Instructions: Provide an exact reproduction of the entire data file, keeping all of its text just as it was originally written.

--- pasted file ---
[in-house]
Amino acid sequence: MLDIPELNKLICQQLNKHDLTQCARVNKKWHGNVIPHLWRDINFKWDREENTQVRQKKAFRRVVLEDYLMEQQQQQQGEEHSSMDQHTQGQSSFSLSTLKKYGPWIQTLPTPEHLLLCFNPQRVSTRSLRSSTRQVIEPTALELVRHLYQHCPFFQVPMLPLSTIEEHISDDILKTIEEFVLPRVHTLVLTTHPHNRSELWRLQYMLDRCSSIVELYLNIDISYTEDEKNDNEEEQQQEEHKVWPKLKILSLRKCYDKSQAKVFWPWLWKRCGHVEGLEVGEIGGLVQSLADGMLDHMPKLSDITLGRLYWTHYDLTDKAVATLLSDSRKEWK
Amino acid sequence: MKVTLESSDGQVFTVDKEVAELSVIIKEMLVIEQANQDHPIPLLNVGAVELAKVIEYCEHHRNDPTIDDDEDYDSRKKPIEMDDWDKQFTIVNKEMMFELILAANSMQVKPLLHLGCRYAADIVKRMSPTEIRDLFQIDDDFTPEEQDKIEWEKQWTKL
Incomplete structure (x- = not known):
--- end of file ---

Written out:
[in-house]
Amino acid sequence: MLDIPELNKLICQQLNKHDLTQCARVNKKWHGNVIPHLWRDINFKWDREENTQVRQKKAFRRVVLEDYLMEQQQQQQGEEHSSMDQHTQGQSSFSLSTLKKYGPWIQTLPTPEHLLLCFNPQRVSTRSLRSSTRQVIEPTALELVRHLYQHCPFFQVPMLPLSTIEEHISDDILKTIEEFVLPRVHTLVLTTHPHNRSELWRLQYMLDRCSSIVELYLNIDISYTEDEKNDNEEEQQQEEHKVWPKLKILSLRKCYDKSQAKVFWPWLWKRCGHVEGLEVGEIGGLVQSLADGMLDHMPKLSDITLGRLYWTHYDLTDKAVATLLSDSRKEWK
Amino acid sequence: MKVTLESSDGQVFTVDKEVAELSVIIKEMLVIEQANQDHPIPLLNVGAVELAKVIEYCEHHRNDPTIDDDEDYDSRKKPIEMDDWDKQFTIVNKEMMFELILAANSMQVKPLLHLGCRYAADIVKRMSPTEIRDLFQIDDDFTPEEQDKIEWEKQWTKL
Incomplete structure (x- = not known):